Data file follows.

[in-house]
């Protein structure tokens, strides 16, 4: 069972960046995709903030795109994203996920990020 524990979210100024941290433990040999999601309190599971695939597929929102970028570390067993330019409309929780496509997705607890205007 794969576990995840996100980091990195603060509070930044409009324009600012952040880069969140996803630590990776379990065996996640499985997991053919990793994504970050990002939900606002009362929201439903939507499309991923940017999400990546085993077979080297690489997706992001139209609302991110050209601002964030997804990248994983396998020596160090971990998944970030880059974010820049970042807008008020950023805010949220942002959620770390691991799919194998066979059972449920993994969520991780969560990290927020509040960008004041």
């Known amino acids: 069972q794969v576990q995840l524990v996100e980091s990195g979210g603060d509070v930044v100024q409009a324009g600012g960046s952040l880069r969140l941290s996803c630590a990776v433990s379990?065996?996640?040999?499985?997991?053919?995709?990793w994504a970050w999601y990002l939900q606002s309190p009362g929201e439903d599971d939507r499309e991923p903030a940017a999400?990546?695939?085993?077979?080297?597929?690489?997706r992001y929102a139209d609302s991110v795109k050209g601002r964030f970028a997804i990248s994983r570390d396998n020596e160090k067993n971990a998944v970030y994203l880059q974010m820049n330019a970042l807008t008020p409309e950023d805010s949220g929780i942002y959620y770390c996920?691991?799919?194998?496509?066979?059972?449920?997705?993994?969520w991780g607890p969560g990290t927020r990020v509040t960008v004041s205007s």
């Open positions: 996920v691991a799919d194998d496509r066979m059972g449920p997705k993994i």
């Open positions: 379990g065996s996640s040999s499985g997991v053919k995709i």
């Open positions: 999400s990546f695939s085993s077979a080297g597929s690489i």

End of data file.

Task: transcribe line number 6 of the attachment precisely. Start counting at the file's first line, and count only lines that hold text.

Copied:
């Open positions: 999400s990546f695939s085993s077979a080297g597929s690489i």